The bicycle is a common, yet unique mechanical contraption in our world. In spite of this, the bike's physical and mechanical principles are understood by a select few. You do not have to be a genius to join this small group of people who understand the physics of cycling. This is your guide to fundamental principles (such as Newton's laws) and the book provides intuitive, basic explanations for the bicycle's behavior. Each concept is introduced and illustrated with simple, everyday examples.
Although cycling is viewed by most as a fun activity and almost everyone acquires the basic skills at a young age, few understand the laws of nature that give magic to the ride. This is a closer look at some of these fun, exhilarating, and magical aspects of cycling. In the reading, you will also understand other physical principles such as motion, force, energy, power, heat, and temperature as well.
Table of Contents
Introduction-the magic of the wheel
The evolution of the bicycle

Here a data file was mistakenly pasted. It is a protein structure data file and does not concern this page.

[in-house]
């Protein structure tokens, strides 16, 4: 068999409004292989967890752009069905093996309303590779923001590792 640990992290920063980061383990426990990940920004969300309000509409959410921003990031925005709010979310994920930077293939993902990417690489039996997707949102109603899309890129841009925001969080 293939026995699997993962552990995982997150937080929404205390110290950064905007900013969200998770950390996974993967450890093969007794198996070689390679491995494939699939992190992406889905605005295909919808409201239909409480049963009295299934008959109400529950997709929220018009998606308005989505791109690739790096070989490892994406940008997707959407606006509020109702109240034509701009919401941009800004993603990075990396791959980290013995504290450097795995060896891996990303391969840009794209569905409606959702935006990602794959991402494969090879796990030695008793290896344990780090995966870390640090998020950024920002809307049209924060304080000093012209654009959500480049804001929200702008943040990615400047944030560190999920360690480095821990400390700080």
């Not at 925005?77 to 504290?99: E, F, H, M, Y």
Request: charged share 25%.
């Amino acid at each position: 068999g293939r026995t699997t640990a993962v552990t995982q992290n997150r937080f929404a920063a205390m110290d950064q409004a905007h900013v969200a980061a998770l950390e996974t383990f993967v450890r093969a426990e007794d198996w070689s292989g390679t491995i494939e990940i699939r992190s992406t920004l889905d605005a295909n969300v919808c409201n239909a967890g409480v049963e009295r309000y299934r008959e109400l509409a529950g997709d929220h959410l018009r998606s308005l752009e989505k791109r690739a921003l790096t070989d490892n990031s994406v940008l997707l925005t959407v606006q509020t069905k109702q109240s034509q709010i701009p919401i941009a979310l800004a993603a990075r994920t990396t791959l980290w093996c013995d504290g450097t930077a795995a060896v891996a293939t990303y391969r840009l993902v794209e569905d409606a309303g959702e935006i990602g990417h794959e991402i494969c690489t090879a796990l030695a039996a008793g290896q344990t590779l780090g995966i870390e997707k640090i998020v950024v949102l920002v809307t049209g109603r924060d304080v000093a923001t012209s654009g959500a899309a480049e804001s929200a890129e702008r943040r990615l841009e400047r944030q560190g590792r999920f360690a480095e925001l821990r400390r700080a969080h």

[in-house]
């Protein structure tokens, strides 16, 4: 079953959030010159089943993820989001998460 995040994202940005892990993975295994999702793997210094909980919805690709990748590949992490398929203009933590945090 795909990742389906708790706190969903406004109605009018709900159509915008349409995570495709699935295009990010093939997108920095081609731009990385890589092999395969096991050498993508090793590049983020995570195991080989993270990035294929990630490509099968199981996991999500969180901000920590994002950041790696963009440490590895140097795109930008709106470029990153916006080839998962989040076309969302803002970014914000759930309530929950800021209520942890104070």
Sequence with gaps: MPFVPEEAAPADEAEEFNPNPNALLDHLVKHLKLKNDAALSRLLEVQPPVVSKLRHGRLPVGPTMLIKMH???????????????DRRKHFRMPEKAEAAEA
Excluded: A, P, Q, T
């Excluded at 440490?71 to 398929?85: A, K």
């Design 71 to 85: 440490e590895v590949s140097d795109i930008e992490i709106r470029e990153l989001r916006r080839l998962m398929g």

A review of basic ideas
Forces-Newton's laws of motion
Temperature and heat
Torque-applications to the bicycle
Centripetal acceleration-turning and bicycle stability
About the Author(s)Joseph W. Connolly
, University of Scranton
Joseph W. Connolly, is a Professor of Physics/EE at the University of Scranton. He has a BS degree from the University of Scranton, a MS degree from the University of Illinois and a PhD from the Pennsylvania State University. In a teaching career spanning five decades, he has taught close to four dozen different courses, many tailored for the non-science major. He served in the United States Army, Signal Corps, with an honorable discharge as a Captain. Other professional activities include several years in industry and two decades of industrial consulting in computer aided design and digital image processing. At present, his spare time is occupied playing with grandchildren, woodworking and riding a tandem with his wife, Evelyn.